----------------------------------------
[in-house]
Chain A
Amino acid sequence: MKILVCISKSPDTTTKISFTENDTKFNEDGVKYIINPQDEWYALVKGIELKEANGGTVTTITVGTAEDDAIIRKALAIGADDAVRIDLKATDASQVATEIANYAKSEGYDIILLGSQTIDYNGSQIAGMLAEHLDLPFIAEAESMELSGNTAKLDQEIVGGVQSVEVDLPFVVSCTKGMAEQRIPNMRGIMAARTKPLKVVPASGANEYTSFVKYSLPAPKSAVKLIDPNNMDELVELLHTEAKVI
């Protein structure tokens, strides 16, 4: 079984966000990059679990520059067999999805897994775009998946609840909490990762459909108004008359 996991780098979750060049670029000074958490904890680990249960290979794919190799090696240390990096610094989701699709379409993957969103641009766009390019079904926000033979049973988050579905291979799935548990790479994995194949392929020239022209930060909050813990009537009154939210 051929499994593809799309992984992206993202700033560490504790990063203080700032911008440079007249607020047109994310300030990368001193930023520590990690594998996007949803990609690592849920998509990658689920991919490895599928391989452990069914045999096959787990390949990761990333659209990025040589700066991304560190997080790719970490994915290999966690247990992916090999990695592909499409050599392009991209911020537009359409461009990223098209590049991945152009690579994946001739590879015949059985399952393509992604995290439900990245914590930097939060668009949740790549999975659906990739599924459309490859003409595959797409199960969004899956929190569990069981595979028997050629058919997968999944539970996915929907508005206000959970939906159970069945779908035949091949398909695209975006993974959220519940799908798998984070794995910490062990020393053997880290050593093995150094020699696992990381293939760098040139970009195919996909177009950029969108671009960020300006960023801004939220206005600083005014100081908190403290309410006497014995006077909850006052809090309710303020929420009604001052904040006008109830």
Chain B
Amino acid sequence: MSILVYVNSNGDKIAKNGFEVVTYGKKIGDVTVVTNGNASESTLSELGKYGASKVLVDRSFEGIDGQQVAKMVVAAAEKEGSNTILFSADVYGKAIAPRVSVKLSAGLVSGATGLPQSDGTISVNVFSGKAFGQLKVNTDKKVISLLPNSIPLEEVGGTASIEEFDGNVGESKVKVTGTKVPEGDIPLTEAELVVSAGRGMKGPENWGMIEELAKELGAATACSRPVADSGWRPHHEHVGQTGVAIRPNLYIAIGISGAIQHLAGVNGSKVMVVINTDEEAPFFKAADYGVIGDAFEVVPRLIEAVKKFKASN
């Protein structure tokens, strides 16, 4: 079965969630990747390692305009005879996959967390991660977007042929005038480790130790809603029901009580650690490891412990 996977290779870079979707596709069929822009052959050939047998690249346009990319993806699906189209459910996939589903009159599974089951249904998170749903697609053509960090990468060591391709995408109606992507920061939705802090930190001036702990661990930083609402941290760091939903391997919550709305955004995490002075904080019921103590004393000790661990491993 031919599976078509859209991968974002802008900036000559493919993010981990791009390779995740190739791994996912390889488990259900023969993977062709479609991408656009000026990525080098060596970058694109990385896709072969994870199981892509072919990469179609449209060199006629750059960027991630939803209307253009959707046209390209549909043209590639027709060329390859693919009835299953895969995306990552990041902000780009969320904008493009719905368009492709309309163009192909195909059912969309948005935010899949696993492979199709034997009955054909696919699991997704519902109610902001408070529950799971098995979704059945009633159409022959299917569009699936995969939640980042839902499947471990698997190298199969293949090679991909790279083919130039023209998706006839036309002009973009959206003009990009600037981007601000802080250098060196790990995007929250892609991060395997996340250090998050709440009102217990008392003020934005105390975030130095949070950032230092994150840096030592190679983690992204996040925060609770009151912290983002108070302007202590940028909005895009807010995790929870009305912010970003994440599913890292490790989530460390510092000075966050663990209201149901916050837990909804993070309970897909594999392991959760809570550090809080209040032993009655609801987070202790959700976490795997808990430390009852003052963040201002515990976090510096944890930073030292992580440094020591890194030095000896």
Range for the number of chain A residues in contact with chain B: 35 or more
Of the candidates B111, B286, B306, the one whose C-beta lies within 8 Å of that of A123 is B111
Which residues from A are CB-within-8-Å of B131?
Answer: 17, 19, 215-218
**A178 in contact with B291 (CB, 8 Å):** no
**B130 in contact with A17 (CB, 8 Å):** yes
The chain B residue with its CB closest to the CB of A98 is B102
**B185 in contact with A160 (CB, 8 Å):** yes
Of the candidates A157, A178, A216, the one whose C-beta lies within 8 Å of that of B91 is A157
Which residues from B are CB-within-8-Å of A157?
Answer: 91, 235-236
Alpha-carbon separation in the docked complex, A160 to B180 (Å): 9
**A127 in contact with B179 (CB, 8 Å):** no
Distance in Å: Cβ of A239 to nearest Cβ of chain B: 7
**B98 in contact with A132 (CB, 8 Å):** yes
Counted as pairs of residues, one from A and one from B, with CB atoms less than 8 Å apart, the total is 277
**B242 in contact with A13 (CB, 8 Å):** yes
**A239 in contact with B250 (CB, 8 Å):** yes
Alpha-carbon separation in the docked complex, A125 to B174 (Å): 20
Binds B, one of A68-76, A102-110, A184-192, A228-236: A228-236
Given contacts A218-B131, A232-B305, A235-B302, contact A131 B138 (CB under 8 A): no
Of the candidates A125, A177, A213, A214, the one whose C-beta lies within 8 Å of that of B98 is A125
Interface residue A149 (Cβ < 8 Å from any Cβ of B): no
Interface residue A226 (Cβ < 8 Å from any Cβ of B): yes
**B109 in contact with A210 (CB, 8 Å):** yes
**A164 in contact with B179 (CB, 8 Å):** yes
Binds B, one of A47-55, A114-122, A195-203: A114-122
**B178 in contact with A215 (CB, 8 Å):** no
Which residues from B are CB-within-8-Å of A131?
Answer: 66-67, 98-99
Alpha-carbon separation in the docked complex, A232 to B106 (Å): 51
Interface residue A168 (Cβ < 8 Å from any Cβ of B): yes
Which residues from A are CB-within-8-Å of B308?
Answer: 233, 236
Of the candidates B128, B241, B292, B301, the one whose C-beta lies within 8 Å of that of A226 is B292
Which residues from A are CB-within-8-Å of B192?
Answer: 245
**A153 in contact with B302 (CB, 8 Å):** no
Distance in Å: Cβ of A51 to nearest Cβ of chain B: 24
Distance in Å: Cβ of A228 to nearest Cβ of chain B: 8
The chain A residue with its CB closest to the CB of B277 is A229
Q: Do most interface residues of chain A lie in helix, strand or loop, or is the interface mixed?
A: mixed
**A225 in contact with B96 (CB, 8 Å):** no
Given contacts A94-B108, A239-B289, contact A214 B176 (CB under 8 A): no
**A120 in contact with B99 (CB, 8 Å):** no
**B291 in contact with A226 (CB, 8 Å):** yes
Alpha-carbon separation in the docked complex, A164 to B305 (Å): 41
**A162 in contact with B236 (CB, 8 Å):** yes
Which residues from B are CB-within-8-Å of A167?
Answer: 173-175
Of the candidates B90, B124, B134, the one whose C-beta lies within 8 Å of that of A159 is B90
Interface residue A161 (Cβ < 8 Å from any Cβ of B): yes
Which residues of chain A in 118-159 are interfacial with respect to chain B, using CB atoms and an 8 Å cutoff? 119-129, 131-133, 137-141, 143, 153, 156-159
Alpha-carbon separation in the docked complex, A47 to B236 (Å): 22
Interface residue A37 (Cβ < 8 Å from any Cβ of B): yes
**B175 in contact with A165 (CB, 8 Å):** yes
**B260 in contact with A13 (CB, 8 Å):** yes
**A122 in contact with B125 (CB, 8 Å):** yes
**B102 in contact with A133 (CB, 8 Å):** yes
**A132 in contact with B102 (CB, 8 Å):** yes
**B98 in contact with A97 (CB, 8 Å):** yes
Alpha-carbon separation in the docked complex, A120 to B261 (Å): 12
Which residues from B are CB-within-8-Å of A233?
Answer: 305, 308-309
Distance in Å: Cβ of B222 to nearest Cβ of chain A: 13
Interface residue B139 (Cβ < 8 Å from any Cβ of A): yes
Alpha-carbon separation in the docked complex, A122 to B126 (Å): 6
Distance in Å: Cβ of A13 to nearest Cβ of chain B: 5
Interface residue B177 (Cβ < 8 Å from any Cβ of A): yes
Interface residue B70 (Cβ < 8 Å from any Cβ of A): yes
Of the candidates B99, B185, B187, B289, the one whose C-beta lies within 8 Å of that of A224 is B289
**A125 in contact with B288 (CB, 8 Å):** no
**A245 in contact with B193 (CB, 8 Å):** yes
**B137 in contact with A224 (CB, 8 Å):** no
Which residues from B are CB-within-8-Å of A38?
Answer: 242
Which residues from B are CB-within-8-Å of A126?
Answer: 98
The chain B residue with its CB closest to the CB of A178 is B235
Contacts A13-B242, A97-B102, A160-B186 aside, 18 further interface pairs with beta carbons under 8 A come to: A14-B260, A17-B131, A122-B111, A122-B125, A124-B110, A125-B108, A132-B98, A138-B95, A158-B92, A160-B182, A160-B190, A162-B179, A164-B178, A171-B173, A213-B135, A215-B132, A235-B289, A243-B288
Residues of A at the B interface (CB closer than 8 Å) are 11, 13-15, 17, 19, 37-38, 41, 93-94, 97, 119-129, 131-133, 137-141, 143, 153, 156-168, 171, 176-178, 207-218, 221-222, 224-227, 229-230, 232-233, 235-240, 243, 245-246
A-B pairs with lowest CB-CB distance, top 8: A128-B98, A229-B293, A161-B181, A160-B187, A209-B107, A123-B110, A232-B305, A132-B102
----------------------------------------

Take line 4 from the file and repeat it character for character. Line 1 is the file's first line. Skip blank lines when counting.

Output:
């Protein structure tokens, strides 16, 4: 079984966000990059679990520059067999999805897994775009998946609840909490990762459909108004008359 996991780098979750060049670029000074958490904890680990249960290979794919190799090696240390990096610094989701699709379409993957969103641009766009390019079904926000033979049973988050579905291979799935548990790479994995194949392929020239022209930060909050813990009537009154939210 051929499994593809799309992984992206993202700033560490504790990063203080700032911008440079007249607020047109994310300030990368001193930023520590990690594998996007949803990609690592849920998509990658689920991919490895599928391989452990069914045999096959787990390949990761990333659209990025040589700066991304560190997080790719970490994915290999966690247990992916090999990695592909499409050599392009991209911020537009359409461009990223098209590049991945152009690579994946001739590879015949059985399952393509992604995290439900990245914590930097939060668009949740790549999975659906990739599924459309490859003409595959797409199960969004899956929190569990069981595979028997050629058919997968999944539970996915929907508005206000959970939906159970069945779908035949091949398909695209975006993974959220519940799908798998984070794995910490062990020393053997880290050593093995150094020699696992990381293939760098040139970009195919996909177009950029969108671009960020300006960023801004939220206005600083005014100081908190403290309410006497014995006077909850006052809090309710303020929420009604001052904040006008109830």